Interested members of the CCL who would like an account of these ideas intermediate between this email and a close reading of the entire book may resort to the substantive interview with the author found at Christian Humanist Profiles 251: The Eucharist, Poetics, and Secularization – The Christian Humanist
Chad Schrock (chair), Patty Brown, Jonathan Sircy
2023 CCL Book-of-the-Year Award Committee


The Conference on Christianity and Literature is pleased to announce that Jewel Spears Brooker is a recipient of the 2022 CCL Lifetime Achievement Award. The award citation reads as follows:

The Conference on Christianity and Literature honors Jewel Spears Brooker as the recipient of the 2022 Lifetime Achievement Award. As a former President of the Conference on Christianity and Literature and a world-renowned expert on Modernist literature, Dr. Brooker's career as teacher, scholar, and leader has demonstrated a deep commitment to literature that addresses the most profound questions of human existence and meaning. The author or editor of 11 books, Dr. Brooker is one of the pre-eminent T. S. Eliot scholars of the past half-century.  Her most recent book is T. S. Eliot's Dialectical Imagination (2018), and she has co-edited (with Ronald Schuchard) two volumes of the critical edition of The Complete Prose of T. S. Eliot: Apprentice Years, 1905-1918 (2014) and Still and Still Moving, 1954-1965 (2019).  She also wrote Mastery and Escape: T. S. Eliot and the Dialectic of Modernism (1994) and Reading The Waste Land: Modernism and the Limits of Interpretation (1990, co-author, Joseph Bentley). She has also edited T. S. Eliot: The Contemporary Reviews (2004), Approaches to Teaching Eliot's Poetry and Plays (1988), and Conversations with Denise Levertov (1998). Combining the close-reading sensibilities of a first-rate literary critic with philosophical, theoretical, and theological acumen, Dr. Brooker has led readers of Eliot on a “hermeneutical journey” in which we return to familiar texts again and know them for the first time.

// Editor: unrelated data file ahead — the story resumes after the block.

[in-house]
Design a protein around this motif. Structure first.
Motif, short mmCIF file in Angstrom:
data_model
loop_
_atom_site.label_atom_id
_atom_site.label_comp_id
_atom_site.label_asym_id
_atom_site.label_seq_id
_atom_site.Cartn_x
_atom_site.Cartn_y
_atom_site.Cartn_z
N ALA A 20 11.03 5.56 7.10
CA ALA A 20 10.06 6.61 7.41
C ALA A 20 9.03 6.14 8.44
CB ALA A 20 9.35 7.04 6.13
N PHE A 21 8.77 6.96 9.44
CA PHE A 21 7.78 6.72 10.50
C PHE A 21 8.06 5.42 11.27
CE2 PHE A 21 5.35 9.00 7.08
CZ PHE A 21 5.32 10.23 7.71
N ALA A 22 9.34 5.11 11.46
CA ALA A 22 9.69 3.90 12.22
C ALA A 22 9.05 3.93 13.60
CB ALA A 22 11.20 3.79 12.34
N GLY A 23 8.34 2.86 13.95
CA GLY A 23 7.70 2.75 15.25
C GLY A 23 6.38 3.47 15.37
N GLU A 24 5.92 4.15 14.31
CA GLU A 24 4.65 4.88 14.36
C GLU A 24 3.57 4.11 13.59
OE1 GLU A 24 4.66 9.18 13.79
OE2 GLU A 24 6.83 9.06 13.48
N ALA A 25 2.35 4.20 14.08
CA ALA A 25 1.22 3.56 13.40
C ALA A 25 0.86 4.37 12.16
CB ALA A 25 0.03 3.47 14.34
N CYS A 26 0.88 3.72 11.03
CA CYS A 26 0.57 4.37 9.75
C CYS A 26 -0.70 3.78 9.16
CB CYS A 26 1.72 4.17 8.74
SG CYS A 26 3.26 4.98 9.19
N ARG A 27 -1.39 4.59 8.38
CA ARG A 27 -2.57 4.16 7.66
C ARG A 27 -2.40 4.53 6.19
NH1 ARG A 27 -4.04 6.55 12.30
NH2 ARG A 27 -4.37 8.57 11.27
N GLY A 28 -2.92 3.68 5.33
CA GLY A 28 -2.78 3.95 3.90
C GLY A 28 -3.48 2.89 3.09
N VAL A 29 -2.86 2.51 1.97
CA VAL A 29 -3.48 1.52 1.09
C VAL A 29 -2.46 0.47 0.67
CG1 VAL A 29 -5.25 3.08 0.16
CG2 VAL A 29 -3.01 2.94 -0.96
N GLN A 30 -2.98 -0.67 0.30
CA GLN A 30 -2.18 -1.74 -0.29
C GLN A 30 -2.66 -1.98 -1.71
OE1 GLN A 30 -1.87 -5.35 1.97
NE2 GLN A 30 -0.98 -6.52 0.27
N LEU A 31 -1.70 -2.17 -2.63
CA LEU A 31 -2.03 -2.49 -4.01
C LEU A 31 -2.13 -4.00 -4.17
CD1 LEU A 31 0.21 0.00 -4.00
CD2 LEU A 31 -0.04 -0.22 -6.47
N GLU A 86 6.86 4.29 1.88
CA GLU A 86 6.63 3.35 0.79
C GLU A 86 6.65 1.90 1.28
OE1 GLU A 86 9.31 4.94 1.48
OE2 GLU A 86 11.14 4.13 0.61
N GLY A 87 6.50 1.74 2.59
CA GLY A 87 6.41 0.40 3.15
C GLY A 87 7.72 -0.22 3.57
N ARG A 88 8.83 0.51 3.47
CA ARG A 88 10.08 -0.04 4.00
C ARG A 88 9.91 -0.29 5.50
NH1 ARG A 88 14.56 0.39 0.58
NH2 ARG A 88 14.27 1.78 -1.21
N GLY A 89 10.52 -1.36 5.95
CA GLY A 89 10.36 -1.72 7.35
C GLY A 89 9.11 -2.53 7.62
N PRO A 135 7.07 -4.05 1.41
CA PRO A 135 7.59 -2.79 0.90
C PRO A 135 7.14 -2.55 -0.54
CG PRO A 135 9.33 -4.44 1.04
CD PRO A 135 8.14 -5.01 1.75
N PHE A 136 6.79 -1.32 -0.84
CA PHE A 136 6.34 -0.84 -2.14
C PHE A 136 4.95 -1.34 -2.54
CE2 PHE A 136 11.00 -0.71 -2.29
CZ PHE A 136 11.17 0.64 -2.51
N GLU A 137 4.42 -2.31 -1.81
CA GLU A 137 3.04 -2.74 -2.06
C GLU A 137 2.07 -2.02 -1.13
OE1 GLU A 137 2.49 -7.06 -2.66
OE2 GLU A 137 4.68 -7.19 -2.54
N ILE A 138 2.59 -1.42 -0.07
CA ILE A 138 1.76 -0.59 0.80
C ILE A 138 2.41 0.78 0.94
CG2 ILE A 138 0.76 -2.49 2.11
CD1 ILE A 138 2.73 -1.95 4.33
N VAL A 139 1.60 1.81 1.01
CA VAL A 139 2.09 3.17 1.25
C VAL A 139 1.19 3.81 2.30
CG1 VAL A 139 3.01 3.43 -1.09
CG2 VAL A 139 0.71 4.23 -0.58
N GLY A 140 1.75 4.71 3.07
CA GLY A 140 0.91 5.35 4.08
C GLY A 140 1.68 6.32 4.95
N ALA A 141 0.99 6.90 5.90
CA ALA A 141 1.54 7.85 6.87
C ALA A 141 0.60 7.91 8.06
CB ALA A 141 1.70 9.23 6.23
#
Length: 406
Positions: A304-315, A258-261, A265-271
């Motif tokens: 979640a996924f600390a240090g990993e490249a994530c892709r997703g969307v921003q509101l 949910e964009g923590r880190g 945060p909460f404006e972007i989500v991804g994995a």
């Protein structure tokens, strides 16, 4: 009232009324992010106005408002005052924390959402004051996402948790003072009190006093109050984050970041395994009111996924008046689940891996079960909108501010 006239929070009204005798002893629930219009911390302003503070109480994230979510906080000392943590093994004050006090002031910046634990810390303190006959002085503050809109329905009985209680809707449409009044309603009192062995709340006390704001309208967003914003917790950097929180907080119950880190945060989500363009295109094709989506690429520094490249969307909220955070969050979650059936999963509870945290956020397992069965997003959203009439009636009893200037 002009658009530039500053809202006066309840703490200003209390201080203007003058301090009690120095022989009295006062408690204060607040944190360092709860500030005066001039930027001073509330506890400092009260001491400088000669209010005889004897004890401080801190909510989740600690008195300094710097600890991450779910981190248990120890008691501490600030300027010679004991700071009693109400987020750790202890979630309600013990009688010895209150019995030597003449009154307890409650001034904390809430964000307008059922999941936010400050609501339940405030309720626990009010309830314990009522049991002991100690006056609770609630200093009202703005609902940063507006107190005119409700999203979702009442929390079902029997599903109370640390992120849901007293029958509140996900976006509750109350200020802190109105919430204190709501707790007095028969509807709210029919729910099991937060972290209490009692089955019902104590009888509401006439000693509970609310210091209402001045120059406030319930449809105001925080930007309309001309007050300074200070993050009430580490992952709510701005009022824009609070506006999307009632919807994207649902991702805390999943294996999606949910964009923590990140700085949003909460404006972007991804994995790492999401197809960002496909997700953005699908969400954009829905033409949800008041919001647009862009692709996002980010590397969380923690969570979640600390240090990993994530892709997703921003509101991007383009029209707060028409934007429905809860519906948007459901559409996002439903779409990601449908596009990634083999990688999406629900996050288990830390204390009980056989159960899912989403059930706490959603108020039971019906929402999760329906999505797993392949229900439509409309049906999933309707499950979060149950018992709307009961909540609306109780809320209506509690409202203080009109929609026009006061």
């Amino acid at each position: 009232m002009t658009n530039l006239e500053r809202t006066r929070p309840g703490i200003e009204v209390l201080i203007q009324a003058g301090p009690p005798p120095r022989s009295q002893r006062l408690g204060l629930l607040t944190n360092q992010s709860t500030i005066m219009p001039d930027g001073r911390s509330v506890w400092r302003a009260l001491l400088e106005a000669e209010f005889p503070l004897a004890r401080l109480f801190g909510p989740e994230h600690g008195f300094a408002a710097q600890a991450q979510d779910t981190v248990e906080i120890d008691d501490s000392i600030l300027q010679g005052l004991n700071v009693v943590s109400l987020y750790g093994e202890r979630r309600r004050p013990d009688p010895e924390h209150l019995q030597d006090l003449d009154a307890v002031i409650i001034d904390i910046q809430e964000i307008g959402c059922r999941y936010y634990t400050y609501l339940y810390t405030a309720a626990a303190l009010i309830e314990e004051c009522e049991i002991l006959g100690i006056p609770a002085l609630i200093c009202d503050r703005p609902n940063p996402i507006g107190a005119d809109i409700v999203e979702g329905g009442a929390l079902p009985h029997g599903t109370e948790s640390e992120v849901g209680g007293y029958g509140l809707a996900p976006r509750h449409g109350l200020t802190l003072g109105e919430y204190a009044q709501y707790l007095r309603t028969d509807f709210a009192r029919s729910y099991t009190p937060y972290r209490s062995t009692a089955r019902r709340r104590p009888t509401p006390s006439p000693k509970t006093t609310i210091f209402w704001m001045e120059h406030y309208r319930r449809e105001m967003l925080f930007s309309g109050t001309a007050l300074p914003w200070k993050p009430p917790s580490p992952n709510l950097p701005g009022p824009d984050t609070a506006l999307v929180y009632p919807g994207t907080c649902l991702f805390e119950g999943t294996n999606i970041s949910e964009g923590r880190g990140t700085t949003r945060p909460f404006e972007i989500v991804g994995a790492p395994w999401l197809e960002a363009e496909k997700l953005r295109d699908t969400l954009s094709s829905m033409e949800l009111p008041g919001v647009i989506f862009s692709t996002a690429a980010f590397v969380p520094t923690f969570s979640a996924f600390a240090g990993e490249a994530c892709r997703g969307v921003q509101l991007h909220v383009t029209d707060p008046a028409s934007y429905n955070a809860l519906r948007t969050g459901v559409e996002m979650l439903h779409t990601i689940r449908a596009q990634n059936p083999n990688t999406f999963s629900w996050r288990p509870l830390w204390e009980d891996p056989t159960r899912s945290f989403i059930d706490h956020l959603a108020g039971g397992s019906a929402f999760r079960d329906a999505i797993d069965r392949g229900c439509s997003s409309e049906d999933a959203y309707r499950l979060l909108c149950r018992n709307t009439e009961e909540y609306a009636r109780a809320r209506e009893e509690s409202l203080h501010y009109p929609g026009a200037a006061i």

The Conference on Christianity and Literature is pleased to announce that the 2022 CCL Book of the Year Award has been awarded to Monica West for her book Revival Season: A Novel (Simon & Schuster, 2021). 



The 2021 CCL Book of the Year Award was awarded to Christina Bieber Lake for her book Beyond the Story: American Literary Fiction and the Limits of Materialism (University of Notre Dame Press, 2019).



The Conference on Christianity and Literature is delighted to award the Lionel Basney award for the best article in the 2022 volume of Christianity and Literature to Haein Park for her essay “Sentimentalism, Realism, and Secularity in Edith Wharton’s The House of Mirth.” Park’s article enters a longstanding critical debate about the novel’s ending and its evident departure from the  novel’s realism, arguing convincingly that “a more constructive interpretation rests in examining  how [the final scenes] reveal Wharton’s negotiation of transcendence within the genre of  realism.” Drawing on Charles Taylor's work on secularism and specifically the “imminent  frame,” Park demonstrates the “powerful phenomenological” urge toward  transcendence experienced by Wharton's protagonist Lily Bart even in an American milieu  dominated by economic exchange based on utilitarian calculation, a world of desiccated  Christian practice. Wharton’s depiction of Bart’s participation in an alternative “gift economy” at  the novel’s end, Park shows, has generally been dismissed as an uncharacteristic reversion to the sentimentalism that marked earlier American women’s writing rather than a sign of Wharton’s  proper role as an American literary realist. Park carefully traces dissenting scholarship—as well  as Wharton's own complex religious identity—before ultimately drawing on Jean Luc Marion,  Jacques Derrida, and Kathryn Tanner to show how Wharton embeds the radical nature of the  gift—or grace—in her narrative in such a way as to negotiate the possibility of  transcendence within the genre of realism rather than outside it.